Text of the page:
Each inductee gets a granite star on a 4-foot by 1.5-foot tile that has the entrepreneur’s name, title, and one of his inspirational quotes inscribed. (See photo, left, of the Steve Jobs tile, next to an MIT beaver mascot.) The tiles sit in the plaza next to the Kendall T stop, close to the sidewalk, on either side of the new grassy knoll. As of yesterday morning, about a dozen workmen were sweating to put the finishing touches on the construction in the plaza.

Of course, with any list like this, it’s easy to nitpick or ask why someone is or isn’t on the list. The whole selection process was probably subject to all the usual politics that plague any … Next Page »

Gregory T. Huang is Xconomy's Deputy Editor, National IT Editor, and the Editor of Xconomy Boston. You can e-mail him at gthuang@xconomy.com. Follow @gthuang

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  • http://www.startup-book.com Herve Lebret

    I think they forgot Robert Noyce (Fairchild and Intel co-founder and MIT alumnus), but maybe they would have had to put the eight traitors or at least Gordon Moore. The Google guys are probably young enough to come later.

  • http://www.palatuccisearch.com Chris Palatucci

    “having linkage to Cambridge/Boston was not necessary” Why not?? Seems like a tacit admission that we don’t have enough tech rock stars with roots here, which is clearly not the case.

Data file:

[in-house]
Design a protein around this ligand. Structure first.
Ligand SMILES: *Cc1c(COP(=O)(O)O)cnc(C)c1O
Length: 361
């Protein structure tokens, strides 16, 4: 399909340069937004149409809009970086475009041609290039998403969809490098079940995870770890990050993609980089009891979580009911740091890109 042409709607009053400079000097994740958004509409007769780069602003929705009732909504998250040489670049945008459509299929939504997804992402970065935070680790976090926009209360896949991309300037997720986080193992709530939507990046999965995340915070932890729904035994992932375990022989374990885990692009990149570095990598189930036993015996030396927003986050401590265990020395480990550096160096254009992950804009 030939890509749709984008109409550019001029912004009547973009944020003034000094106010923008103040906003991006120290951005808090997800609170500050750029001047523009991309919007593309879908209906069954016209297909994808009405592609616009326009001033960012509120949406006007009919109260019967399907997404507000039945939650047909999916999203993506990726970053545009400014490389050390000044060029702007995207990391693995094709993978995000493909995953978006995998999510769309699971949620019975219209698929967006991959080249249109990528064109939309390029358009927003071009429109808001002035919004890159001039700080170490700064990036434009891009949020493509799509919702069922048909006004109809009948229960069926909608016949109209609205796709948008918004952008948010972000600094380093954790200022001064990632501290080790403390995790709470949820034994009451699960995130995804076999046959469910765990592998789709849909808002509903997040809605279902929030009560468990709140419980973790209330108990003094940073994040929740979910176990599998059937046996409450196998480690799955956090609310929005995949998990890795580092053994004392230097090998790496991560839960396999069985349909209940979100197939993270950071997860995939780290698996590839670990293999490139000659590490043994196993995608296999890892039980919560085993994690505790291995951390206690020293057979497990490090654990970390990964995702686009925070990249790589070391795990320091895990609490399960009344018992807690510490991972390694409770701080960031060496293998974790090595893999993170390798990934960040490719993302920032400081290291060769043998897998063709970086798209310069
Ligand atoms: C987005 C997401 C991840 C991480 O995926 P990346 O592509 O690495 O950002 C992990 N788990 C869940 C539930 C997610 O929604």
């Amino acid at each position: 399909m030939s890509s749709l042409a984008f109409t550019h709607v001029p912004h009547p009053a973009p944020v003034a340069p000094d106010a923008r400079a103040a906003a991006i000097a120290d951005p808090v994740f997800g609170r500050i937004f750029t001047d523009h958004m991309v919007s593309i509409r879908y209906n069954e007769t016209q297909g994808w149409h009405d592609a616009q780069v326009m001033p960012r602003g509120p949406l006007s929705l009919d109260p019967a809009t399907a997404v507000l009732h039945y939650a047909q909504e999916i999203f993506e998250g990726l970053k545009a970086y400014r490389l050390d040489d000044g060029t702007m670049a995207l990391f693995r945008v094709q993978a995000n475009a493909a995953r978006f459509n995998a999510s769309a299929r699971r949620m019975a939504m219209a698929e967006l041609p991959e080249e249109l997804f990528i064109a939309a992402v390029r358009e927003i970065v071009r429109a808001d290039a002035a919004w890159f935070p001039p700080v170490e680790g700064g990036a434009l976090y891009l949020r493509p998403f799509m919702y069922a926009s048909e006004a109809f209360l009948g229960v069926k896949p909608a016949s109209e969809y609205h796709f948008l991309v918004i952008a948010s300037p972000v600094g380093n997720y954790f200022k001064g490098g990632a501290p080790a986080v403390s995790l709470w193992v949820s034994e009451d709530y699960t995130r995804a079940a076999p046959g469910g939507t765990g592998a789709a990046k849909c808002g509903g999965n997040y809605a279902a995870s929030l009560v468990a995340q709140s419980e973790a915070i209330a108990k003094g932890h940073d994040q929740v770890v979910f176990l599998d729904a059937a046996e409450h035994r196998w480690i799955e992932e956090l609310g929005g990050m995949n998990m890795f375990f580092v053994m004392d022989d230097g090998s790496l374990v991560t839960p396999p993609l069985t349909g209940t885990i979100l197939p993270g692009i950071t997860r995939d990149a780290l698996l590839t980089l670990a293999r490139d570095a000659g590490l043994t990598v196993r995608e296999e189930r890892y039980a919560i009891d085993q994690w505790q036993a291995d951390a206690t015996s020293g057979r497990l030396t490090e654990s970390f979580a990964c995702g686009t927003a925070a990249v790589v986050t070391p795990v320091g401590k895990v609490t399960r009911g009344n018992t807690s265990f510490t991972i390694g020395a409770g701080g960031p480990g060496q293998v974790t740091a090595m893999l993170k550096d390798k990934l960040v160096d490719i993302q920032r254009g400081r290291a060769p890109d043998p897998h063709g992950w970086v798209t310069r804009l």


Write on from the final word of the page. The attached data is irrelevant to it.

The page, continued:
Also note the absence of Dean Kamen on any of the selection committees. His whole shtick is about how young people need scientists and engineers as heroes, not basketball stars. Maybe he was asked and turned it down, but this type of effort seems right in his cross hairs.

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  • http://Adventuresinburgundy.com Lincoln Russell

    Between 1970 and 1974, I worked in chemical research for Polaroid as it created the SX-70 camera, after which I spent 35 years as a professional photographer, and the failure to include Edwin Land on this list is simply impossible to understand!

  • Janet Egan

    They forgot Ken Olsen! We must get him inducted in the next round. Founding Digital Equipment Corporation set the stage for the accomplishments of some of the entrepreneurs they have honored.

  • Kathryn Kilroy

    I agree with the Edwin Land comment but mostly I was disappointed that there were no women in this inaugural class!!

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  • Kim Francis

    Other than Edison and Swanson, does this listing imply that to be a entrepreneur you have to be in a computer related field? There were no successful or outstanding out-of-the-box thinkers in the fields of architecture or medicine or chemical engineering? I do support this type of recognition, it makes the contribution permanent, but I am dismayed at its narrowness.

  • David Wells

    I agree with Janet and other comment contributors. While I applaud recognition of great entrepreneurs, I find it hard to believe Ken Olsen wouldn’t be on the first version of such a list. This is not to suggest those selected shouldn’t be there, but it seems like this may be a somewhat narrow definition of entrepreneur.